take Initiative making connections that countMany of us attend conferences and professional organizations for continuing education, but these can be great opportunities to make new connections, if we have the right mindset. Approaching new people can be difficult because of obstacles we put in front of ourselves as well as those innate to a learning setting. As a result, you leave events without making meaningful contacts.

Until people are given permission to meet others, most feel self-conscious and stay within their comfort zones. Ideally, every conference or event should begin with intentional networking events that encourage attendees to meet new people. I use the BizTalk Blender® to do just this, when given the opportunity, but it is still rare. Until these icebreaker events become a standard, attendees must take initiative.

Overcoming Obstacles

Whether you’re shy or outgoing, figuring out how to meet people on your own is difficult. Because it is comfortable, many people will stay in tight-knit groups with those they know.  Breaking into those tight-knit groups can be tough.  But what do you do in a crowded room full of people?

Here are six ideas to make it easier for you to connect at these events:

  1. Many conferences provide registrants with a list of those who registers. If that is the case, review the list and connect over social media before arriving to make arrangements to meet up before you get there or during the event
  2. If you are attending an event for the first time, ask the conference organizers if they have a program for first-timers. Some provide a special badge for newbies, prompting others to approach and welcome them.
  3. Connect with speakers ahead of time. Research them and find them on social media. Send a personal note explaining that you will be at the conference and look forward to hearing them speak.  Ask them if they will have time to meet. If not, no worries, be sure to say hello to them before or after their presentation. Then follow up with a nice note. You’ll be surprised how effective this gesture can be.
  4. Challenge yourself to walk up to someone standing solo and introduce yourself. If they are standing alone, they may be very relieved to have someone to talk to. Invite them to go with you to meet others.
  5. Be prepared.  Ask yourself a few questions to determine your goals. Why are you going? What kind of people do you want to meet? Are you looking for sales, business referrals, or a mentor?  Clearly defining your objective will make it easier to find the right people.
  6. Being in a group provides security, but it also can be a hindrance. If you do go with a group, plan goals and create a supportive outreach team beforehand. Get together for breakfast, but disperse during lunch, and meet up again for drinks later. There’s no need to be split the entire time, but utilize the conference time to meet new people. Once you’ve met some new people, you can make great connections for them by introducing them to your friends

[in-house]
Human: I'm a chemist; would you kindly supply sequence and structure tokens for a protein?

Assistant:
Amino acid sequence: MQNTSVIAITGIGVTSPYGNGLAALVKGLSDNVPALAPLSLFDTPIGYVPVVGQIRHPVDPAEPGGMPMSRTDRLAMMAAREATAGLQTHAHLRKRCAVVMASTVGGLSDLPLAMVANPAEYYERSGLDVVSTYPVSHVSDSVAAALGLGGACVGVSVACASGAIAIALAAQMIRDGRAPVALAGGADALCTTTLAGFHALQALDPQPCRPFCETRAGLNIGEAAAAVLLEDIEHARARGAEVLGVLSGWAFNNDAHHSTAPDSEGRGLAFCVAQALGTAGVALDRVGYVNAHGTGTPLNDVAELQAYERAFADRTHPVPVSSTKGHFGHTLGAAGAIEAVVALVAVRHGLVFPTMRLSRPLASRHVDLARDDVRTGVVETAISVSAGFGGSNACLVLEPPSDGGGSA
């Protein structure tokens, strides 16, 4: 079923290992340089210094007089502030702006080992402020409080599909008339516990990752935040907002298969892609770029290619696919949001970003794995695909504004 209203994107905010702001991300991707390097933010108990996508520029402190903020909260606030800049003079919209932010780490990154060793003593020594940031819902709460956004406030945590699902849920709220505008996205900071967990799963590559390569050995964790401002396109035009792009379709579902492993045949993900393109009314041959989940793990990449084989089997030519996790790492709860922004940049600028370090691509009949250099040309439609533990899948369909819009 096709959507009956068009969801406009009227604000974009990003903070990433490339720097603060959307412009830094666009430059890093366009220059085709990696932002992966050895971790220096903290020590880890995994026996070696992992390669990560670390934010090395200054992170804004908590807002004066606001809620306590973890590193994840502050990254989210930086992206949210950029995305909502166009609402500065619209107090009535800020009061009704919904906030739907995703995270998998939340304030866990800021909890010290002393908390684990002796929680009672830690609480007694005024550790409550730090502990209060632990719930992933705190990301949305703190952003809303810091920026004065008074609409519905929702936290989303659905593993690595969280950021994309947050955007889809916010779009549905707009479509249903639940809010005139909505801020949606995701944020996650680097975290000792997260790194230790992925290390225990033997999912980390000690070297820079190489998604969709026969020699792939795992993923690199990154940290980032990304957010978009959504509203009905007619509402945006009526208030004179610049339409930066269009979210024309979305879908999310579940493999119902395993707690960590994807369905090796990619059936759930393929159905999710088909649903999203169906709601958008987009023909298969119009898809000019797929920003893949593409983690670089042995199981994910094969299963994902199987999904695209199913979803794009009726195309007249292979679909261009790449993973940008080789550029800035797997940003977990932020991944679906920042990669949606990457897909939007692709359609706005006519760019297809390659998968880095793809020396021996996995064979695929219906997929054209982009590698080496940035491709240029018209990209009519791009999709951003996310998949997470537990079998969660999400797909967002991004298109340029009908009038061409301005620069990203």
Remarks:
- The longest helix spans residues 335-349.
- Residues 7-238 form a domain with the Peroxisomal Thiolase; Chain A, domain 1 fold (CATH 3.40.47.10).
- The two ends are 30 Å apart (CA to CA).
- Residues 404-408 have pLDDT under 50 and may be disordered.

Becoming a Natural

How do you become someone who effortlessly connects with others? A trick is to not just approach people, but to make yourself approachable as well. There is nothing more beneficial than a smile and eye contact. A positive disposition is simple, and it makes people want to meet you.

Many conferences supply badges, which unfortunately hang around the neck and land on the stomach—not prime placement for people to figure out who someone is. Bring your own badge and place it in an easy-to-see location, which makes you more accessible.

Once you are in a conversation, relate to the person you are talking with. Listening is crucial. Look them in the eyes, smile, and make a connection. Ask genuine questions and find common ground. If you are really interested in people, they will want to continue to talk to you and eventually you will be the focus of the conversation.

Do not try to sell at the starting point in a relationship. If a business interaction sounds promising, arrange a future time for that, but do not do it at the conference. Build relationships and learn enough to be a great connector for them.

Smart Sales Tip:

“A trick is to not just approach people, but to make yourself approachable as well. “

Following Up

What you do after the conference is just as important as what you do during. Schedule time to do the follow-up before you leave for the conference. Follow up with each person that you met because you never know what great things may come. Some connections will not result in anything, but many will be great connectors, collaborators, referral sources and clients. Whether by phone, Skype, email, lunch or social media—make it happen. Continue to build the relationship and find a way to help your new connection before you ask for anything. It can be as simple as sharing a resource, recommending a book or making an introduction. Learn about them and give them the opportunity to know you and develop a relationship of trust.

Alice Heiman is a sales strategist, coach, training and speaker who has been helping companies increase sales for 20 years. Other sales experts may tell you how to increase sales, but few show you exactly how to do it and make it so easy. Alice will show you a simple process to generate leads, qualify opportunities, handle objections and close the deal.

Alice publishes on the topics of Sales, Networking, and Digital Business Strategy for entrepreneurs, sales professionals, and small business owners at http://aliceheiman.com/blog